Dear The Golden Girls, Thank You for Being a Friend

Dear The Golden Girls, Thank You for Being a Friend

A few nights ago, I was scrolling through my Facebook feed — as I do every night, in my desperate hopes of falling asleep before hearing my family wake up for their school/work days — and I found an article, amidst all of the shared “cute animal” and “recipe hacks” videos, that I laughed at, but knew I would heavily relate to. It was published by Vice and the headline read, “Millennials Have Discovered ‘Going Out’ Sucks.” I opened the article on my new iPhone 7 Plus, that is so large that I swear I’ll get arthritis, and it told me everything I already know about my generation: we don’t know how to date, we don’t know how to manage our money, and the one I scoffed at, we are the “streaming generation.”

I closed the article, pondered on the fact that I have a reasonably good social life, un-paused the television screen and was transported to Miami Beach in the 80s with my good friends, Blanche Devereaux, Dorothy Zbornak, Rose Nylund, and Sophia Petrillo.

The Golden Girls is a special show to me. It ran for seven seasons, and ended before I was born, but I have vivid memories of crawling into my parents bed and watching a few episodes before passing out and having my dad take me to my bed. It was a part of my childhood, even though I didn’t thoroughly understand the issues the four women handled, but when I saw that all 180 episodes were on Hulu, I truly became one of the millennials the Vice article was talking about. No really — I haven’t left the house in days. Why would I when I can binge-watch and dream about talking over cheesecake? If you haven’t watched the show, you won’t understand the cheesecake obsession. But also if you haven’t watched the show, I want nothing to do with you.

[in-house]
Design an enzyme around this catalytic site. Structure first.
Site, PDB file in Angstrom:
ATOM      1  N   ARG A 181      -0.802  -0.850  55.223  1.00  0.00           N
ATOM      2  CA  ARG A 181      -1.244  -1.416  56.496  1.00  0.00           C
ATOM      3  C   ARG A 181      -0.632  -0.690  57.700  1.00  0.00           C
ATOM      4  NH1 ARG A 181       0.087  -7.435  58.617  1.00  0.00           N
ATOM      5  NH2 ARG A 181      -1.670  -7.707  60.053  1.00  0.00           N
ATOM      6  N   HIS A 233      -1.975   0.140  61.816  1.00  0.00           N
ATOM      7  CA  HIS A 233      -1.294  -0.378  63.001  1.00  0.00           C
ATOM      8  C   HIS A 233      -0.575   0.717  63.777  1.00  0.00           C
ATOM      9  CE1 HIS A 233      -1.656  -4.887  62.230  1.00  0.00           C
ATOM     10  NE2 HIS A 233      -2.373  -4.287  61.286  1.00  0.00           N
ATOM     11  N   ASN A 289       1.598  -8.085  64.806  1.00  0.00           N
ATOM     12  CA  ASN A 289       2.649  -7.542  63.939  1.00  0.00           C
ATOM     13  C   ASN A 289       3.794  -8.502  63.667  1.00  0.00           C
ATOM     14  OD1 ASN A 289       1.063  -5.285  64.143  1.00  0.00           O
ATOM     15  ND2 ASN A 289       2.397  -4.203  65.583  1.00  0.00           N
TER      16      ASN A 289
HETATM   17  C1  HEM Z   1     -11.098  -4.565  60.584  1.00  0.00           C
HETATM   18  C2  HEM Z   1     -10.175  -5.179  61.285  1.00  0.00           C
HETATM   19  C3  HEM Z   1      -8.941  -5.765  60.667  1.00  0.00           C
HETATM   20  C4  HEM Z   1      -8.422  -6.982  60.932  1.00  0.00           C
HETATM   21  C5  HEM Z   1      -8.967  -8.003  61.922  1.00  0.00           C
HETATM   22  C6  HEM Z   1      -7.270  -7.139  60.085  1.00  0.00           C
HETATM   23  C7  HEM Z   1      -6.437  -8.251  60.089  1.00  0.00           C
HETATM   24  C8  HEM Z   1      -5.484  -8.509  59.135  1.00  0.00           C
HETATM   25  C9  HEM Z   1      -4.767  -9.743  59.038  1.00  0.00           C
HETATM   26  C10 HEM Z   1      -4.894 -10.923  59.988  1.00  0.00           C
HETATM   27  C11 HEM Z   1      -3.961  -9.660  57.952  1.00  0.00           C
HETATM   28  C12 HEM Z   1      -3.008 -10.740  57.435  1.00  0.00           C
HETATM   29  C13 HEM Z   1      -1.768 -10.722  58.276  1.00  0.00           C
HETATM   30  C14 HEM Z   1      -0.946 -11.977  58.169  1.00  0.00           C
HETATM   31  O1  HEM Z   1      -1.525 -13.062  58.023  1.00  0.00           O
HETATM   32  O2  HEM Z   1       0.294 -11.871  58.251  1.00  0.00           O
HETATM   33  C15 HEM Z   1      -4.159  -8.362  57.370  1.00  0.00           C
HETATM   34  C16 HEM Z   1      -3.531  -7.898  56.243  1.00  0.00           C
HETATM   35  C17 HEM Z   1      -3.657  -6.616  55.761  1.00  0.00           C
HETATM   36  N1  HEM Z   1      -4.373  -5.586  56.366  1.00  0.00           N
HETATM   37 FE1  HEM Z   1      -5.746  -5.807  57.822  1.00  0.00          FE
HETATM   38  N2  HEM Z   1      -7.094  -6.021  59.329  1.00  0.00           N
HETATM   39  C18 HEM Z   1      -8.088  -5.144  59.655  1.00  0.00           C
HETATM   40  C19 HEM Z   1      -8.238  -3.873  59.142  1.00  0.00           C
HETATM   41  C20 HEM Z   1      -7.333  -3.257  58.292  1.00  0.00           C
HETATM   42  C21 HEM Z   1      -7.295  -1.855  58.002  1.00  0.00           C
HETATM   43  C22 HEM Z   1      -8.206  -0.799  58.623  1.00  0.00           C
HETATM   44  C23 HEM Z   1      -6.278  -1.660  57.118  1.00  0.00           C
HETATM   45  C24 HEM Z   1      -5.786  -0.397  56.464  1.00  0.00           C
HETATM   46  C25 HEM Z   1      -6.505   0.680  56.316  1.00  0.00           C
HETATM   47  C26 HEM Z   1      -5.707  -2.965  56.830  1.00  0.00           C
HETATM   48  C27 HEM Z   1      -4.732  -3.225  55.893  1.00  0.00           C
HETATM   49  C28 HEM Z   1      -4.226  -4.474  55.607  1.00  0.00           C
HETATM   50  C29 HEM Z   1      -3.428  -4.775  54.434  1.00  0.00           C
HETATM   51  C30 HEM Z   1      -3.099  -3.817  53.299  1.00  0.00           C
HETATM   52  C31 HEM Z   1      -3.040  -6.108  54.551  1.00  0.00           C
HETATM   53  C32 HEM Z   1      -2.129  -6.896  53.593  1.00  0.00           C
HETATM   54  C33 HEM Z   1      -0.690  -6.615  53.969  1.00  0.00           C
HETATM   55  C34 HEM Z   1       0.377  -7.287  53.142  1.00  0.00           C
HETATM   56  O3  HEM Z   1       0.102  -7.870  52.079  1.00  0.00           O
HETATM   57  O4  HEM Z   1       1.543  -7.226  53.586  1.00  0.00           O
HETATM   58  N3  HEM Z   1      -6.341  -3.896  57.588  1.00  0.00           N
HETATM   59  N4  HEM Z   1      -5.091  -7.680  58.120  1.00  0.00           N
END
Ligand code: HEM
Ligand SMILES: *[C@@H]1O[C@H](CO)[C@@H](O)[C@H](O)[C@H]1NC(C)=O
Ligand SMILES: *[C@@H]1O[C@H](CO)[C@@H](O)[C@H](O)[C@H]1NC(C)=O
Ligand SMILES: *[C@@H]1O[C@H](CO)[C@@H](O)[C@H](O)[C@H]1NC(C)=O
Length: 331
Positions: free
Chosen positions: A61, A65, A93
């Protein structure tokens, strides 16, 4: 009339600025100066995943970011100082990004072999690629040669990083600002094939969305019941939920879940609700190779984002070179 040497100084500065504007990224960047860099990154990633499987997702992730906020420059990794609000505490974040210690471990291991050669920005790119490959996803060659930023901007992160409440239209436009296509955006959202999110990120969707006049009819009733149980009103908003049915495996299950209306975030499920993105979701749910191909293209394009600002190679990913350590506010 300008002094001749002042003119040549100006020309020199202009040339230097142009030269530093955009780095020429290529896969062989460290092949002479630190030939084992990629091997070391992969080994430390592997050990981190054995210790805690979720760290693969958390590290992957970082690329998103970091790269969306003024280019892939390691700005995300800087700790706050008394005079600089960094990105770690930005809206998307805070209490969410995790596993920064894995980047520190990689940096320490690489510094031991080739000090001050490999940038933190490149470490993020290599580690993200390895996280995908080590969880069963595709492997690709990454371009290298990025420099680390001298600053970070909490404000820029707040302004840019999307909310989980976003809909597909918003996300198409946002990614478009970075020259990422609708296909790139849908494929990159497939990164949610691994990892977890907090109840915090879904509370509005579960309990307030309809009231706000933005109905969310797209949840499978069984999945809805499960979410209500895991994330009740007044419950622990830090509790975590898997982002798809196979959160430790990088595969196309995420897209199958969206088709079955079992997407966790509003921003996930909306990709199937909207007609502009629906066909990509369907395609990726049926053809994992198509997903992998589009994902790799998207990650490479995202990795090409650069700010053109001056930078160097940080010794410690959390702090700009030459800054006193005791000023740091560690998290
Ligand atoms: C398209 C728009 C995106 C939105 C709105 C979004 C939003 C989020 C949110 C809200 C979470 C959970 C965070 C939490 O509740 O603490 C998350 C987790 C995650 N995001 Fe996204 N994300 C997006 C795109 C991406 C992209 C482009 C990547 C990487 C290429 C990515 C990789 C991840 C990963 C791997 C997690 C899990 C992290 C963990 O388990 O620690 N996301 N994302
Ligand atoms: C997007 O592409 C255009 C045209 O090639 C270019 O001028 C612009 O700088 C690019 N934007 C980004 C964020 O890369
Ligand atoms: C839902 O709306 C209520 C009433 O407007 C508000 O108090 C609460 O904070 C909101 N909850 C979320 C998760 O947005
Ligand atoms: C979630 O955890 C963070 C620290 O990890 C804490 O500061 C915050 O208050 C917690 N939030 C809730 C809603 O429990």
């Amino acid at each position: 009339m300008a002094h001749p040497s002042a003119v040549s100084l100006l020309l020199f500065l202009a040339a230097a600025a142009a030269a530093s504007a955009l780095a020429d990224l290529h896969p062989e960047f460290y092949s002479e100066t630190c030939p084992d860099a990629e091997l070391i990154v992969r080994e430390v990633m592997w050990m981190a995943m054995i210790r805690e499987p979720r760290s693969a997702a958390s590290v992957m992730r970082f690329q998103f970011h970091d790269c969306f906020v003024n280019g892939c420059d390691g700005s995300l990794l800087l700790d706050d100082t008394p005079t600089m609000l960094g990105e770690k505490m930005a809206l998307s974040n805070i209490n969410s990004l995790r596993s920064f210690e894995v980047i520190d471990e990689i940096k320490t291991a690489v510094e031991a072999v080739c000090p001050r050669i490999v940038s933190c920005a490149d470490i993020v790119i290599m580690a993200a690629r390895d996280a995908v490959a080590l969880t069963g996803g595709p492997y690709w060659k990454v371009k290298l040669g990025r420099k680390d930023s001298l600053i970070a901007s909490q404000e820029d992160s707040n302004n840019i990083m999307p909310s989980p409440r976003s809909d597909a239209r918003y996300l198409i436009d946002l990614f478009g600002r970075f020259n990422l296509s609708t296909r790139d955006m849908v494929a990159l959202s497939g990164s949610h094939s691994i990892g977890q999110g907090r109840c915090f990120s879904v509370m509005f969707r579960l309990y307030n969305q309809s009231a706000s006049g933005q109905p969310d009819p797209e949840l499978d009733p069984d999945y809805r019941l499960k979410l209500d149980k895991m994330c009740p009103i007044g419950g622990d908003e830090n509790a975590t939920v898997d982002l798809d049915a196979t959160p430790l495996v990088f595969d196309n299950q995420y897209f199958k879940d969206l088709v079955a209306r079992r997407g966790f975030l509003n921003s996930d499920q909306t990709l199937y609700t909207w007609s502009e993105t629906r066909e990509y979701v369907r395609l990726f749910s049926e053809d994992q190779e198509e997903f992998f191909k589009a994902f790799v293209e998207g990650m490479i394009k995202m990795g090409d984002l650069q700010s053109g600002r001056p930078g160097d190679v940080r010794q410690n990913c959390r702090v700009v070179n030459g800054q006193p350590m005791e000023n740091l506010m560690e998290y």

It’s been over 30 years since the show aired, making it seem outdated and timely, yet the show tackled issues such as ageism, homosexuality, medical emergencies, and what life without being codependent on men is like. Now that I’m older and understand the topics surrounding each episode, it made me realize how progressive the show was at the time. The four women work through their troubles and support each other, proving to be a feminist show, and they aren’t afraid to stick it to the man.

Show creator Susan Harris said, “We liked to tackle — not outrageous issues — but important issues. Things that I knew that people went through that hadn’t been addressed on television.”

Even now, especially with Trump as our president, shows and networks struggle with tackling social issues, especially with humor. With that said, Black-ish does a great job at it, so make sure you watch that. It’s also on Hulu. Note: Hulu didn’t sponsor this article, I just love it.

The Golden Girls was, all-in-all, a feel-good sitcom. Just like in Desperate Housewives and Sex And The City, it’s easy to find a character(s) that you connect to. In my case, I identify with Dorothy, the strong, sarcastic and intimidating member of the cast, played by Bea Arthur. The hot-button issues were dealt with old-school humor and a heavy dose of sarcasm, which is what makes The Golden Girls such a memorable and iconic show.

Harris went on to say that she believes that so many young people love the show because it’s hilarious, but also that it has a comforting mass appeal since these women found themselves when they found each other.

“Then they constructed a family that really, really worked. They encouraged each other and had a life together. It showed that you didn’t need the customary, traditional relationship to be happy. It paints a picture of all the possibilities for family. I also think young people like Sophia because she says whatever pops into her head!”

The Golden Girls obsession has stood the test of time, as pins of the four women are being made for us to pin onto our denim jackets and there’s even a cafe in New York City, Rue La Rue, that’s dedicated to Rue McClanahan, who played our favorite Southern promiscuous queen, Blanche Devereaux. The cafe, which is basically a Golden Girls and Rue McClanahan museum, attracts hundreds of customers a day and carries the motto “thank you for being a friend.”

These four women are like family to me, and millions of others around the world. I see bits and pieces of my grandmothers in Sophia, and even myself. Hearing the theme song literally is like a huge burst of serotonin for me, because it just makes me happy. It reminds me not to be afraid of aging, because if you’re badass now, you’ll be badass in the future.

The resurgence of the show is a reminder that things may not last forever, but they will end up on a streaming platform and take over your life. If any of my friends are reading this, I’ve just started season two, so I’ll see you guys in a few weeks.